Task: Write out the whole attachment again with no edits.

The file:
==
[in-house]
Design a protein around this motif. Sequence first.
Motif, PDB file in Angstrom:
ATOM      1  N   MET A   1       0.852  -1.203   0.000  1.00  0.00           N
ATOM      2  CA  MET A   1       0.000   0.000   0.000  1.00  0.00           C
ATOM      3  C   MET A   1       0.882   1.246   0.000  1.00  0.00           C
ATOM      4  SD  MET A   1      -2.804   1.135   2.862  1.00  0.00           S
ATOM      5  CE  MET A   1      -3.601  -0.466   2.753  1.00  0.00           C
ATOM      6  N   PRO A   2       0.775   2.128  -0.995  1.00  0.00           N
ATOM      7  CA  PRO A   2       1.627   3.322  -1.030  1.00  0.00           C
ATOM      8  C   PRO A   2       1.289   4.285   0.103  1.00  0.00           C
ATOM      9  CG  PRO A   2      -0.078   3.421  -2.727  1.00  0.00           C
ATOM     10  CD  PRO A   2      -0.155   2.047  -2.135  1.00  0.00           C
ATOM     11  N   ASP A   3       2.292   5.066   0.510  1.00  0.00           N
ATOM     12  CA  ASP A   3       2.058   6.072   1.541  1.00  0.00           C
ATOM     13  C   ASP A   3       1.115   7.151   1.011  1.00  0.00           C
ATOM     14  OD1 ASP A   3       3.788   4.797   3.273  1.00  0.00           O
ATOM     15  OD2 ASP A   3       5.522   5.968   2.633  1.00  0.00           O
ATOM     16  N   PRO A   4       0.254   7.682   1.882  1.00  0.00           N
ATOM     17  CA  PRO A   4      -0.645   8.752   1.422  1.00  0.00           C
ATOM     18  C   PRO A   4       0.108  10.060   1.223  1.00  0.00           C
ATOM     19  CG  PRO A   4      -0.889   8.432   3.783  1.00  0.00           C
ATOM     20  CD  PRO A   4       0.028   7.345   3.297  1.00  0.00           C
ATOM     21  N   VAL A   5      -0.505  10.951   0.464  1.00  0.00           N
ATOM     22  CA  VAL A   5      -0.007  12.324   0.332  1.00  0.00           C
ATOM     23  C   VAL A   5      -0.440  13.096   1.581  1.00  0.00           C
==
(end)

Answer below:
[in-house]
Design a protein around this motif. Sequence first.
Motif, PDB file in Angstrom:
ATOM      1  N   MET A   1       0.852  -1.203   0.000  1.00  0.00           N
ATOM      2  CA  MET A   1       0.000   0.000   0.000  1.00  0.00           C
ATOM      3  C   MET A   1       0.882   1.246   0.000  1.00  0.00           C
ATOM      4  SD  MET A   1      -2.804   1.135   2.862  1.00  0.00           S
ATOM      5  CE  MET A   1      -3.601  -0.466   2.753  1.00  0.00           C
ATOM      6  N   PRO A   2       0.775   2.128  -0.995  1.00  0.00           N
ATOM      7  CA  PRO A   2       1.627   3.322  -1.030  1.00  0.00           C
ATOM      8  C   PRO A   2       1.289   4.285   0.103  1.00  0.00           C
ATOM      9  CG  PRO A   2      -0.078   3.421  -2.727  1.00  0.00           C
ATOM     10  CD  PRO A   2      -0.155   2.047  -2.135  1.00  0.00           C
ATOM     11  N   ASP A   3       2.292   5.066   0.510  1.00  0.00           N
ATOM     12  CA  ASP A   3       2.058   6.072   1.541  1.00  0.00           C
ATOM     13  C   ASP A   3       1.115   7.151   1.011  1.00  0.00           C
ATOM     14  OD1 ASP A   3       3.788   4.797   3.273  1.00  0.00           O
ATOM     15  OD2 ASP A   3       5.522   5.968   2.633  1.00  0.00           O
ATOM     16  N   PRO A   4       0.254   7.682   1.882  1.00  0.00           N
ATOM     17  CA  PRO A   4      -0.645   8.752   1.422  1.00  0.00           C
ATOM     18  C   PRO A   4       0.108  10.060   1.223  1.00  0.00           C
ATOM     19  CG  PRO A   4      -0.889   8.432   3.783  1.00  0.00           C
ATOM     20  CD  PRO A   4       0.028   7.345   3.297  1.00  0.00           C
ATOM     21  N   VAL A   5      -0.505  10.951   0.464  1.00  0.00           N
ATOM     22  CA  VAL A   5      -0.007  12.324   0.332  1.00  0.00           C
ATOM     23  C   VAL A   5      -0.440  13.096   1.581  1.00  0.00           C